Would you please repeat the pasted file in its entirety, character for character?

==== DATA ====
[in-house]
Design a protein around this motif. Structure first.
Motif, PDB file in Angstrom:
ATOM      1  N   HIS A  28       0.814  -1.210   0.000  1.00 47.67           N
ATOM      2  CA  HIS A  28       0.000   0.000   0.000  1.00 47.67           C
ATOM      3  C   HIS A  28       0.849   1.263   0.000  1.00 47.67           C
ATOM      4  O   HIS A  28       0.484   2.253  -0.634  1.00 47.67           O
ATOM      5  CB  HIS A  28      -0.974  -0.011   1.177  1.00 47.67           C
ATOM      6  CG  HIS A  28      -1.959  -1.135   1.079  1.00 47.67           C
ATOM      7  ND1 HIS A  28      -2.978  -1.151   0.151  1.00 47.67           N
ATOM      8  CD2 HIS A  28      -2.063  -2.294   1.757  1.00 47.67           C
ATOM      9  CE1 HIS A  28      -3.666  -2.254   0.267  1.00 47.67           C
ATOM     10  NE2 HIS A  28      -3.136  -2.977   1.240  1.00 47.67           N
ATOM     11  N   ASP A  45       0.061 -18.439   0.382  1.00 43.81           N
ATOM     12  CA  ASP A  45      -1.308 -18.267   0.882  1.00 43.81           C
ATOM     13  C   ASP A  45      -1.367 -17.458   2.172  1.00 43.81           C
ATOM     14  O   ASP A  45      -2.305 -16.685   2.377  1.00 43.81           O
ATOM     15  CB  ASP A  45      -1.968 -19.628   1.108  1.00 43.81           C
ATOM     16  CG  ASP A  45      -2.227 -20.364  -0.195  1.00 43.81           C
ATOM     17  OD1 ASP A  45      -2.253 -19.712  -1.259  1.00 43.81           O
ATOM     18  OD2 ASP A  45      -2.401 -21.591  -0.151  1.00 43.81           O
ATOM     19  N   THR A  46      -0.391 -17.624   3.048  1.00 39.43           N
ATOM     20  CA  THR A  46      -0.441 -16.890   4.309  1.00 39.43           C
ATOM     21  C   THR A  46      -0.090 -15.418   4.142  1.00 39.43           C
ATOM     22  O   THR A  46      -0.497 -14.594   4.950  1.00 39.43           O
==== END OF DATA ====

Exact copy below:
[in-house]
Design a protein around this motif. Structure first.
Motif, PDB file in Angstrom:
ATOM      1  N   HIS A  28       0.814  -1.210   0.000  1.00 47.67           N
ATOM      2  CA  HIS A  28       0.000   0.000   0.000  1.00 47.67           C
ATOM      3  C   HIS A  28       0.849   1.263   0.000  1.00 47.67           C
ATOM      4  O   HIS A  28       0.484   2.253  -0.634  1.00 47.67           O
ATOM      5  CB  HIS A  28      -0.974  -0.011   1.177  1.00 47.67           C
ATOM      6  CG  HIS A  28      -1.959  -1.135   1.079  1.00 47.67           C
ATOM      7  ND1 HIS A  28      -2.978  -1.151   0.151  1.00 47.67           N
ATOM      8  CD2 HIS A  28      -2.063  -2.294   1.757  1.00 47.67           C
ATOM      9  CE1 HIS A  28      -3.666  -2.254   0.267  1.00 47.67           C
ATOM     10  NE2 HIS A  28      -3.136  -2.977   1.240  1.00 47.67           N
ATOM     11  N   ASP A  45       0.061 -18.439   0.382  1.00 43.81           N
ATOM     12  CA  ASP A  45      -1.308 -18.267   0.882  1.00 43.81           C
ATOM     13  C   ASP A  45      -1.367 -17.458   2.172  1.00 43.81           C
ATOM     14  O   ASP A  45      -2.305 -16.685   2.377  1.00 43.81           O
ATOM     15  CB  ASP A  45      -1.968 -19.628   1.108  1.00 43.81           C
ATOM     16  CG  ASP A  45      -2.227 -20.364  -0.195  1.00 43.81           C
ATOM     17  OD1 ASP A  45      -2.253 -19.712  -1.259  1.00 43.81           O
ATOM     18  OD2 ASP A  45      -2.401 -21.591  -0.151  1.00 43.81           O
ATOM     19  N   THR A  46      -0.391 -17.624   3.048  1.00 39.43           N
ATOM     20  CA  THR A  46      -0.441 -16.890   4.309  1.00 39.43           C
ATOM     21  C   THR A  46      -0.090 -15.418   4.142  1.00 39.43           C
ATOM     22  O   THR A  46      -0.497 -14.594   4.950  1.00 39.43           O